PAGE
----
The headliner and the headless.
What They Say:
“The Headliner Appears”
This farce concerns the culprit in Lady Godard’s murder. A certain detective makes it clear that Lady Godard was murdered by a member of her own family, despite their protests. Regrettably, the services of the detective’s bodyguard are required.
Content: (please note that content portions of a review may contain spoilers)
After multiple episodes of very little happening and no resolution or really even progress on the mystery we’ve been focusing on, it’s finally time to get to business. Virtually the opposite of the episodes that preceded it, this one jumps straight into the deduction and revelation right off the bat. This is what we’ve been waiting for, and it would’ve been nice to get it sprinkled into the previous episodes dedicated to this case, but we’ve had to wait until this finale for essentially anything at all.
Although nothing about it seemed like it would be all that complex in the earlier episodes, the detail Aya goes into shows how much thought was put into this ordeal. It feels like we spend half of the episode just watching this severed head walk us through her seven intricate topics, how they all work into the plot of the murder, and how each one eliminates some of the suspects until the combination of all facts and factors leaves only one possible culprit. It’s a very traditional murder mystery detective deduction, but it’s significantly more involved than many, especially given how simple the story appeared to be before this point, so anyone who appreciates that kind of reasoning will find a lot to like here.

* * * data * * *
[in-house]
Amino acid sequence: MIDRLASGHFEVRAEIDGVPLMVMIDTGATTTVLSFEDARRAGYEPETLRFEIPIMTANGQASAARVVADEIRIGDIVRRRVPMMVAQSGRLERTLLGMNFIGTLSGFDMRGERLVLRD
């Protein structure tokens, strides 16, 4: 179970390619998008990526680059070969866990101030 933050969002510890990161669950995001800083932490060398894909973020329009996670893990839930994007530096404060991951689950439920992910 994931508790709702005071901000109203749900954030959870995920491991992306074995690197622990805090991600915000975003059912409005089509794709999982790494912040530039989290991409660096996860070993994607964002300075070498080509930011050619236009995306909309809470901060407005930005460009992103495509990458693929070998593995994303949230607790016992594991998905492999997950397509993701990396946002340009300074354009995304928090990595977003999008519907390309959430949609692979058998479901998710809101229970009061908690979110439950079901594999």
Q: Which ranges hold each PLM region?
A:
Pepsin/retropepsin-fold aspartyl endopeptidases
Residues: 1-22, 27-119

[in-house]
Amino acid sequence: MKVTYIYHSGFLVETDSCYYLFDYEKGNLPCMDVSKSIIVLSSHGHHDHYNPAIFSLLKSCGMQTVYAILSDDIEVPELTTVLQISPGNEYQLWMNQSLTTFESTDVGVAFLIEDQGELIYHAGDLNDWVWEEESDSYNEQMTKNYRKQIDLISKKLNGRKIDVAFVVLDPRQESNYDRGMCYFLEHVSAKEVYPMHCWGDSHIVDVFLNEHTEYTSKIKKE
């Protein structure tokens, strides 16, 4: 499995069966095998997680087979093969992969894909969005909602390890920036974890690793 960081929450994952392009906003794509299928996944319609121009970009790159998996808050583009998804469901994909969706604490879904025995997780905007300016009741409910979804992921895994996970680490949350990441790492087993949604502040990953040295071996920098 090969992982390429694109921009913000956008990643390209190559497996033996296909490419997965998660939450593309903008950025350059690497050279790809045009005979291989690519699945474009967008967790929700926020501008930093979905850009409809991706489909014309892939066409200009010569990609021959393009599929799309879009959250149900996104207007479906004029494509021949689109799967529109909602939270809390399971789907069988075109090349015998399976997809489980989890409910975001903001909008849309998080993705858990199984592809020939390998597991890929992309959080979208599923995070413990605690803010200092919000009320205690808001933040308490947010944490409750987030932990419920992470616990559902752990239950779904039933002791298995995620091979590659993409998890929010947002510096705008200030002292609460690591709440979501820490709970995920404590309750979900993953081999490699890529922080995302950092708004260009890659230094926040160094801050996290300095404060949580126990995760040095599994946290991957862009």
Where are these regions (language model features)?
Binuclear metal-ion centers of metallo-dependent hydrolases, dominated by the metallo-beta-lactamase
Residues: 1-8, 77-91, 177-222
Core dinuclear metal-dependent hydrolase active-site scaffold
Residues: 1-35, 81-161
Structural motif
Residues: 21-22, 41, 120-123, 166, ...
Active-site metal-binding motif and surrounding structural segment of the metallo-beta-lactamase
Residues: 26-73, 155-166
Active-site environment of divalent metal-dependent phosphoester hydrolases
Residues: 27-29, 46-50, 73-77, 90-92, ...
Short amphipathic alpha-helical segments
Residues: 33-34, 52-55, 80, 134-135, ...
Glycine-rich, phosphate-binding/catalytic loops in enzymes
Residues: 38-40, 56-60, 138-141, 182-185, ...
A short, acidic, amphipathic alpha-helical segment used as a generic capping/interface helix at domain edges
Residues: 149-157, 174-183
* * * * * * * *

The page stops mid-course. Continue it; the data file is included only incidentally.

We follow the trope of the detective being allowed to go through all of their logic in front of the culprit, ultimately revealing their identity, without any interruption. Too often these end with said culprit just lying down and accepting their guilt. We get the slightly more realistic alternative, as they instead try to attack the detective. As Aya repeatedly points out, this is essentially a confession, which isn’t any smarter of a strategy, but it’s understandable that someone would react that way if they weren’t thinking a few steps ahead, especially when the odds seem stacked in their favor that they could get away with it. Sure, the rest of the crew might’ve taken some issue, but they would presumably be easier to reason with than outsider detectives whose only goal is to find the murderer who they have no other connection to.
Because of this, it gives the episode the opportunity to not only solve the mystery at hand but also show off some rare battle action. Although the series centers almost entirely on mystery and general banter, it is in fact a story about supernatural beings, and each passing episode has hinted more and more of how powerful they are, especially Tsugaru. Now we get to see a taste of that, with the tables turned and our headliner finally having a chance to live up to his name and prove that he’s good for a lot more than just carrying around a head that does all the work (after all, there’s already a maid to fill that role).
Oh also, Lupin is in this show. The first, but still.
A slow mystery arc drastically changes gears with an episode full of reveals, action, and resolution, all the things that have been nowhere to be found prior. It’s an extremely welcome move after being frustrated with the lack of progress recently, though it still would’ve been preferable to have the real content more spread out across the arc. Still, the reveals were complex enough that it gave some sense that the buildup was warranted, and some quality Tsugaru action is fun as well.
Streamed By: Crunchyroll